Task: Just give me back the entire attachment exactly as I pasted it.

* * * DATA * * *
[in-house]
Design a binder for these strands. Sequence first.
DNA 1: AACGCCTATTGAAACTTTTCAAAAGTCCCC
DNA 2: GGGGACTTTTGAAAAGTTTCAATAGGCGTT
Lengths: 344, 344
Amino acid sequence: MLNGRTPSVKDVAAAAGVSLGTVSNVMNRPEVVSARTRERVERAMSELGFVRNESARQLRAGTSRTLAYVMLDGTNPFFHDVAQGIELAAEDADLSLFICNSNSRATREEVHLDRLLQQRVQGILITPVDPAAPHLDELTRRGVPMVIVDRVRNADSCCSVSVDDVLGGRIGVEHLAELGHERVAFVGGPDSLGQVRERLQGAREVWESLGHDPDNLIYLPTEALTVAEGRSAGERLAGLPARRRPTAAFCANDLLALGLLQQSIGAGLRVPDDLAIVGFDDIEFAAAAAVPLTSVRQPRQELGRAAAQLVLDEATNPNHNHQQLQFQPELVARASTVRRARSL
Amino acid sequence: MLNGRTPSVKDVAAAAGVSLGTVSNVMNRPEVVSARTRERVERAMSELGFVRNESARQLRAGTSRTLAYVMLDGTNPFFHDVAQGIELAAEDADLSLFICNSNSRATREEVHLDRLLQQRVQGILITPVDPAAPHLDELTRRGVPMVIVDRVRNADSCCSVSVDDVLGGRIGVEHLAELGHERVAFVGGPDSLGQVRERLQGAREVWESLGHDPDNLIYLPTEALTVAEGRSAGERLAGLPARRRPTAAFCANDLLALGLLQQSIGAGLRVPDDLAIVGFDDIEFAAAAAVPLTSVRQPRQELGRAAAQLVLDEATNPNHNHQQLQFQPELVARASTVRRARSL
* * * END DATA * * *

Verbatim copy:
[in-house]
Design a binder for these strands. Sequence first.
DNA 1: AACGCCTATTGAAACTTTTCAAAAGTCCCC
DNA 2: GGGGACTTTTGAAAAGTTTCAATAGGCGTT
Lengths: 344, 344
Amino acid sequence: MLNGRTPSVKDVAAAAGVSLGTVSNVMNRPEVVSARTRERVERAMSELGFVRNESARQLRAGTSRTLAYVMLDGTNPFFHDVAQGIELAAEDADLSLFICNSNSRATREEVHLDRLLQQRVQGILITPVDPAAPHLDELTRRGVPMVIVDRVRNADSCCSVSVDDVLGGRIGVEHLAELGHERVAFVGGPDSLGQVRERLQGAREVWESLGHDPDNLIYLPTEALTVAEGRSAGERLAGLPARRRPTAAFCANDLLALGLLQQSIGAGLRVPDDLAIVGFDDIEFAAAAAVPLTSVRQPRQELGRAAAQLVLDEATNPNHNHQQLQFQPELVARASTVRRARSL
Amino acid sequence: MLNGRTPSVKDVAAAAGVSLGTVSNVMNRPEVVSARTRERVERAMSELGFVRNESARQLRAGTSRTLAYVMLDGTNPFFHDVAQGIELAAEDADLSLFICNSNSRATREEVHLDRLLQQRVQGILITPVDPAAPHLDELTRRGVPMVIVDRVRNADSCCSVSVDDVLGGRIGVEHLAELGHERVAFVGGPDSLGQVRERLQGAREVWESLGHDPDNLIYLPTEALTVAEGRSAGERLAGLPARRRPTAAFCANDLLALGLLQQSIGAGLRVPDDLAIVGFDDIEFAAAAAVPLTSVRQPRQELGRAAAQLVLDEATNPNHNHQQLQFQPELVARASTVRRARSL